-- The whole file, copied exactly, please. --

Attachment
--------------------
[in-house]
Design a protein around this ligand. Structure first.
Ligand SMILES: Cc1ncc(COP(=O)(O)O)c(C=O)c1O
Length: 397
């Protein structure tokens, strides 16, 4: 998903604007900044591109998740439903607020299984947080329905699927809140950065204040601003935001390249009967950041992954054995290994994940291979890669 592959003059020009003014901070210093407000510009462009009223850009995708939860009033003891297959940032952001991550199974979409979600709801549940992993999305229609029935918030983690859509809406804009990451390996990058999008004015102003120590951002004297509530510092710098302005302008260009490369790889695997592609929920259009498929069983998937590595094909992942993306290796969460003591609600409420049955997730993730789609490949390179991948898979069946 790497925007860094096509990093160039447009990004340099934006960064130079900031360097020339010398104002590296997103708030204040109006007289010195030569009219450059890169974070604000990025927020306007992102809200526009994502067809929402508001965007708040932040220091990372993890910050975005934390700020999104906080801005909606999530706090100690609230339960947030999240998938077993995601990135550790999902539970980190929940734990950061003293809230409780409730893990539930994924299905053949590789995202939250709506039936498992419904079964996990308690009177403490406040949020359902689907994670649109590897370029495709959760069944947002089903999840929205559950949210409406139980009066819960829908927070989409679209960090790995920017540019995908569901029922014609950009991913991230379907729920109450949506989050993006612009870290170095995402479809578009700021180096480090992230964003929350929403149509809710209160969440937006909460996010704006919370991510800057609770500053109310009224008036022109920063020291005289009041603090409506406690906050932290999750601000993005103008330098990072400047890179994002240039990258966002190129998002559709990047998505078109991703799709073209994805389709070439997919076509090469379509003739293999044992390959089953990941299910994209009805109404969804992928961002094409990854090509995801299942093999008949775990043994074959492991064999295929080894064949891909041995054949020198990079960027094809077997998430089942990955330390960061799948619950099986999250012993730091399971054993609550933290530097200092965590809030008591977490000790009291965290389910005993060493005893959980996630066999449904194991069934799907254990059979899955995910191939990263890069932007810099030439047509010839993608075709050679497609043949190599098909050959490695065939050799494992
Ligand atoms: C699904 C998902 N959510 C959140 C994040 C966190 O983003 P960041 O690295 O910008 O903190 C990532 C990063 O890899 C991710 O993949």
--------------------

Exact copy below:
[in-house]
Design a protein around this ligand. Structure first.
Ligand SMILES: Cc1ncc(COP(=O)(O)O)c(C=O)c1O
Length: 397
């Protein structure tokens, strides 16, 4: 998903604007900044591109998740439903607020299984947080329905699927809140950065204040601003935001390249009967950041992954054995290994994940291979890669 592959003059020009003014901070210093407000510009462009009223850009995708939860009033003891297959940032952001991550199974979409979600709801549940992993999305229609029935918030983690859509809406804009990451390996990058999008004015102003120590951002004297509530510092710098302005302008260009490369790889695997592609929920259009498929069983998937590595094909992942993306290796969460003591609600409420049955997730993730789609490949390179991948898979069946 790497925007860094096509990093160039447009990004340099934006960064130079900031360097020339010398104002590296997103708030204040109006007289010195030569009219450059890169974070604000990025927020306007992102809200526009994502067809929402508001965007708040932040220091990372993890910050975005934390700020999104906080801005909606999530706090100690609230339960947030999240998938077993995601990135550790999902539970980190929940734990950061003293809230409780409730893990539930994924299905053949590789995202939250709506039936498992419904079964996990308690009177403490406040949020359902689907994670649109590897370029495709959760069944947002089903999840929205559950949210409406139980009066819960829908927070989409679209960090790995920017540019995908569901029922014609950009991913991230379907729920109450949506989050993006612009870290170095995402479809578009700021180096480090992230964003929350929403149509809710209160969440937006909460996010704006919370991510800057609770500053109310009224008036022109920063020291005289009041603090409506406690906050932290999750601000993005103008330098990072400047890179994002240039990258966002190129998002559709990047998505078109991703799709073209994805389709070439997919076509090469379509003739293999044992390959089953990941299910994209009805109404969804992928961002094409990854090509995801299942093999008949775990043994074959492991064999295929080894064949891909041995054949020198990079960027094809077997998430089942990955330390960061799948619950099986999250012993730091399971054993609550933290530097200092965590809030008591977490000790009291965290389910005993060493005893959980996630066999449904194991069934799907254990059979899955995910191939990263890069932007810099030439047509010839993608075709050679497609043949190599098909050959490695065939050799494992
Ligand atoms: C699904 C998902 N959510 C959140 C994040 C966190 O983003 P960041 O690295 O910008 O903190 C990532 C990063 O890899 C991710 O993949």